Hey there and welcome to this week’s Lez Liberty Lit!
At the Los Angeles Review of Books, Antoniette Nwandu writes about reading Audre Lorde’s Sister Outsider after Charlottesville:
“A self-described ‘black lesbian feminist warrior poet,’ Lorde had an exceptional ability to transform her ‘hopes and dreams toward survival and change’ into beautifully actionable language. Arguing for intersectionality early on, she writes that our demographic differences must be seen as “‘a fund of necessary polarities between which our creativity can spark like a dialectic.’ As white supremacy becomes increasingly visible in the United States — on the streets of Charlottesville, in threats against undocumented children and attacks on NFL players (to scratch the surface) — Lorde’s seminal collection of essays and speeches, Sister Outsider, proves as necessary and powerful a tool in the canon of contemporary progressive theory as it was when first published in 1984.”
Gendered terms in language can be complex for non-binary folks, writes Mariana Podesta-Diverio at Archer: “When you’re at the intersection of identities and borders, and forging a way to exist in the world that seems true and right, it can feel a little like you’re being split.” Mariana continues:
“There are elements of the tension between my queerness, and the deeply gendered language in which I think about love, that I may never reconcile. Will I continue to love and fight in binary terms? It feels like I’m only expressing myself in a limited capacity in English, but sometimes its gender neutrality makes it more versatile for self-identification.
English is far from perfect, and the binary has a vice grip on the language, but it still doesn’t compare to Spanish in this way.”
Fashion has power in literature, writes Rachel Wagner at the Millions.
Women were badass codebreakers.
Why do people write off historical romance novels? Probably in part because they’re still dismissed as bodice rippers, which has a specific linguistic connotation, writes Michela Marini Higgs at Racked: “The word ‘bodice’ is suggestive enough to inspire pearl-clutching and awkward titters, but it still dances around frank terminology and clear conversations about female sexuality. Saying ‘bodice’ is preferable to naming what the covers are really showcasing: boobs.”
Queer horror stories have a transgressive power. Samantha Hunt and Rivera Garza talk at the Millions about producing and reproducing language, the relationship between language and sanity, how writing is tied to bodies, the border, and more:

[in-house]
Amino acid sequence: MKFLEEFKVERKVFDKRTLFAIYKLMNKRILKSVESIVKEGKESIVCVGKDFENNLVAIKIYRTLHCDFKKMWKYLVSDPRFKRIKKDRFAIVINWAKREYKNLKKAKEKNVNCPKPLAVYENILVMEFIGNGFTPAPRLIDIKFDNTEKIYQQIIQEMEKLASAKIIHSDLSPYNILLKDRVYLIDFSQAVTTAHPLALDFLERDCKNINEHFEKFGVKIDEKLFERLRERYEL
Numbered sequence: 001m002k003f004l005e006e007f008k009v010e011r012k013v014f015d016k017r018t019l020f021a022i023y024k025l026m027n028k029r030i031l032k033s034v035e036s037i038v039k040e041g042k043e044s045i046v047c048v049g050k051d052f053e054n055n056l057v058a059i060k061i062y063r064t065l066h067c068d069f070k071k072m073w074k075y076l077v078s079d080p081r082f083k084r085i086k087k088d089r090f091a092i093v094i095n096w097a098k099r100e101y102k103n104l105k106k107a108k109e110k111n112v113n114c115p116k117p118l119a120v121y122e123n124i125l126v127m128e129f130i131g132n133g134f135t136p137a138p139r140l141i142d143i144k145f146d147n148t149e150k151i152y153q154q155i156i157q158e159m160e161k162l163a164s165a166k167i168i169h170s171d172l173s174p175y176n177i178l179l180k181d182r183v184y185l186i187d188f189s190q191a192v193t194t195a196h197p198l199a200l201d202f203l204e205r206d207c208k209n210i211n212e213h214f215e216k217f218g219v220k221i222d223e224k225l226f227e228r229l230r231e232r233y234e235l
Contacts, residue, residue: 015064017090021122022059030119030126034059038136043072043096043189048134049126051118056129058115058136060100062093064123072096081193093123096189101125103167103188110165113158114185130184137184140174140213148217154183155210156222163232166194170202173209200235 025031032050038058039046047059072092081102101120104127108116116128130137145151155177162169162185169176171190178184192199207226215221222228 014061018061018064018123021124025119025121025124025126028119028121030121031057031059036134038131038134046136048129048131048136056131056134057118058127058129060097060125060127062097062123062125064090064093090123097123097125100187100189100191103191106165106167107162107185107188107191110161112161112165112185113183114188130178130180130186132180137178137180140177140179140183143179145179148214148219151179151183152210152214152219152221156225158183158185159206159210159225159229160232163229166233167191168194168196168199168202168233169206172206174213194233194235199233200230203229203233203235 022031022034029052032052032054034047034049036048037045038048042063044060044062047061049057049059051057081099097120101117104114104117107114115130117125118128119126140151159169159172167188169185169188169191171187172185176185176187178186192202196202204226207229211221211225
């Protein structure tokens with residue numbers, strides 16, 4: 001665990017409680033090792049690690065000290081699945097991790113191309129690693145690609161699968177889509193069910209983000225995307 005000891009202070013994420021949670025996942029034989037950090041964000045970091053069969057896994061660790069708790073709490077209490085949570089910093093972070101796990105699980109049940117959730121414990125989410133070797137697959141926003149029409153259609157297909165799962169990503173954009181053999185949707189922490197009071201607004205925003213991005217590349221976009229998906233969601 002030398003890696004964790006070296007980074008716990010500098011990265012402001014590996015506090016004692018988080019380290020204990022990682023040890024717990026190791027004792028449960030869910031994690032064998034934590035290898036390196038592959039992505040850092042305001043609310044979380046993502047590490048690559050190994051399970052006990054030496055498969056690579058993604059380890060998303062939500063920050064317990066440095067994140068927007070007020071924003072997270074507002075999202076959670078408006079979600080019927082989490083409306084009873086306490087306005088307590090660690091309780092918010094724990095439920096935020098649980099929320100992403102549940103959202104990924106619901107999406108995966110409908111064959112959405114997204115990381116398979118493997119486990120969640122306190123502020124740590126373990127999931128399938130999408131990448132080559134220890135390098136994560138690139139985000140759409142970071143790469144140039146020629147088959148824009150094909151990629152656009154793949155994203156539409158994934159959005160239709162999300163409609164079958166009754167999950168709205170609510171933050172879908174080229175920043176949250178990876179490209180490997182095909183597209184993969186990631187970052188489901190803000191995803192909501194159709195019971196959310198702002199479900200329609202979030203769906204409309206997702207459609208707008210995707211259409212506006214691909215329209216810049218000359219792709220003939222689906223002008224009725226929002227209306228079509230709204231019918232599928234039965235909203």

“Books, real books, produce and reproduce language. Or better yet: they constitute themselves in the territory in which the emergence—the constant emergences—of languages both private and social is thoroughly recreated, registered, and documented. Many have said it before me, but I´d like to repeat it: language is the place of our sociality. We are never lonely in language. We inscribe ourselves in traditions we might agree with or not, so it is always better to be aware of this and position ourselves accordingly. We become social, too, in and through language.”
“My mother was a full-blooded Navajo woman, raised on the reservation, but she was never taught to speak her mother’s language. There was a time when most words were better left unspoken. I am still drawn to the nasal vowels and slushy consonants, though I feel no hope of ever learning the language. It is one thing to play dress-up, to imitate pronunciations and understanding; it is another thing to think or dream or live in a language not your own,” writes Danielle Geller at the New Yorker on the first Navajo-English Dictionary.
Read these eight books this month or these or these or these poetry books this month. Read these queer Canadian short story collections. Read these recent essay collections. Read these novels by Iraqi authors. Listen to these five queer Canadian audiobooks.
In New York on November 13? Myriam Gurba, author of Mean, will talk identity, trauma, and humor with Emily Gould and Ruth Curry at the Mid-Manhattan Library on November 13 at 6:30 p.m. You can also read an excerpt of Mean or check out Aisha’s review on Autostraddle.